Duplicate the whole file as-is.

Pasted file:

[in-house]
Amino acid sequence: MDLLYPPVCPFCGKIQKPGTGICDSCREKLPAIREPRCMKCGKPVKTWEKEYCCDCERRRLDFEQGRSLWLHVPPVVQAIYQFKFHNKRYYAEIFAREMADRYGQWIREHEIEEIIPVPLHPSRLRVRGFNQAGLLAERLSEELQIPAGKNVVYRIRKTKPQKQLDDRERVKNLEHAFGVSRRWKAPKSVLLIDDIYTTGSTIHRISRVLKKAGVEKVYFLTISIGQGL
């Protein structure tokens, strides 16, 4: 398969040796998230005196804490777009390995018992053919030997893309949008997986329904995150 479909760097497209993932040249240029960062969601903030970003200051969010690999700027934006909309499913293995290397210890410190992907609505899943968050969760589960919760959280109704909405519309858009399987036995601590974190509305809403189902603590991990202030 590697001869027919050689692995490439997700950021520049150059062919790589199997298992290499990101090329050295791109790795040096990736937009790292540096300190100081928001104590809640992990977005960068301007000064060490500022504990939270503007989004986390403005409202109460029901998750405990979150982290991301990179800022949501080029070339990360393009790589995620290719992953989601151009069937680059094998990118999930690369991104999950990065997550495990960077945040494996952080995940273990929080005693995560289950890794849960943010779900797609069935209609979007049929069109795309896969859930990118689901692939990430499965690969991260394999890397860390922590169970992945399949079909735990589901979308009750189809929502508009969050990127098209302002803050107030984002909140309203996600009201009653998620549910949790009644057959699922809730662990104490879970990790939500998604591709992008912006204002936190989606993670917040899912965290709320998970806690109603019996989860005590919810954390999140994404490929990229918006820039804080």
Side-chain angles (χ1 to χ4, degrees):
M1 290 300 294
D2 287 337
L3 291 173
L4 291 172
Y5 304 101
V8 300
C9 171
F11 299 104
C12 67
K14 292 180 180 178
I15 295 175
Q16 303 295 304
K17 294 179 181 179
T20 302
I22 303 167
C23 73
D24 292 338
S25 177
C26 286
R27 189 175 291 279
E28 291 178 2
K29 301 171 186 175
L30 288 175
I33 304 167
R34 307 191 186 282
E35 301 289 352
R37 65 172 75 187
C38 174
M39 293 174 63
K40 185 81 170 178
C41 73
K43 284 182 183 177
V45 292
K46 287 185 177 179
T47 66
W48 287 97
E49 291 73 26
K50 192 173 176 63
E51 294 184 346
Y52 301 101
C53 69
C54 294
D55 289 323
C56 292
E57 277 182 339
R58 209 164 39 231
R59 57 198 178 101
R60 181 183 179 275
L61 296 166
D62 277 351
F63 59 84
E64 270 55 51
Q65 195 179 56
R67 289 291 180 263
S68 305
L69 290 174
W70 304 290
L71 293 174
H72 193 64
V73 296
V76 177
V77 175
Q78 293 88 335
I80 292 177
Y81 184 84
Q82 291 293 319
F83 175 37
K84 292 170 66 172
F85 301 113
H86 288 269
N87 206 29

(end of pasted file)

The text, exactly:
[in-house]
Amino acid sequence: MDLLYPPVCPFCGKIQKPGTGICDSCREKLPAIREPRCMKCGKPVKTWEKEYCCDCERRRLDFEQGRSLWLHVPPVVQAIYQFKFHNKRYYAEIFAREMADRYGQWIREHEIEEIIPVPLHPSRLRVRGFNQAGLLAERLSEELQIPAGKNVVYRIRKTKPQKQLDDRERVKNLEHAFGVSRRWKAPKSVLLIDDIYTTGSTIHRISRVLKKAGVEKVYFLTISIGQGL
């Protein structure tokens, strides 16, 4: 398969040796998230005196804490777009390995018992053919030997893309949008997986329904995150 479909760097497209993932040249240029960062969601903030970003200051969010690999700027934006909309499913293995290397210890410190992907609505899943968050969760589960919760959280109704909405519309858009399987036995601590974190509305809403189902603590991990202030 590697001869027919050689692995490439997700950021520049150059062919790589199997298992290499990101090329050295791109790795040096990736937009790292540096300190100081928001104590809640992990977005960068301007000064060490500022504990939270503007989004986390403005409202109460029901998750405990979150982290991301990179800022949501080029070339990360393009790589995620290719992953989601151009069937680059094998990118999930690369991104999950990065997550495990960077945040494996952080995940273990929080005693995560289950890794849960943010779900797609069935209609979007049929069109795309896969859930990118689901692939990430499965690969991260394999890397860390922590169970992945399949079909735990589901979308009750189809929502508009969050990127098209302002803050107030984002909140309203996600009201009653998620549910949790009644057959699922809730662990104490879970990790939500998604591709992008912006204002936190989606993670917040899912965290709320998970806690109603019996989860005590919810954390999140994404490929990229918006820039804080």
Side-chain angles (χ1 to χ4, degrees):
M1 290 300 294
D2 287 337
L3 291 173
L4 291 172
Y5 304 101
V8 300
C9 171
F11 299 104
C12 67
K14 292 180 180 178
I15 295 175
Q16 303 295 304
K17 294 179 181 179
T20 302
I22 303 167
C23 73
D24 292 338
S25 177
C26 286
R27 189 175 291 279
E28 291 178 2
K29 301 171 186 175
L30 288 175
I33 304 167
R34 307 191 186 282
E35 301 289 352
R37 65 172 75 187
C38 174
M39 293 174 63
K40 185 81 170 178
C41 73
K43 284 182 183 177
V45 292
K46 287 185 177 179
T47 66
W48 287 97
E49 291 73 26
K50 192 173 176 63
E51 294 184 346
Y52 301 101
C53 69
C54 294
D55 289 323
C56 292
E57 277 182 339
R58 209 164 39 231
R59 57 198 178 101
R60 181 183 179 275
L61 296 166
D62 277 351
F63 59 84
E64 270 55 51
Q65 195 179 56
R67 289 291 180 263
S68 305
L69 290 174
W70 304 290
L71 293 174
H72 193 64
V73 296
V76 177
V77 175
Q78 293 88 335
I80 292 177
Y81 184 84
Q82 291 293 319
F83 175 37
K84 292 170 66 172
F85 301 113
H86 288 269
N87 206 29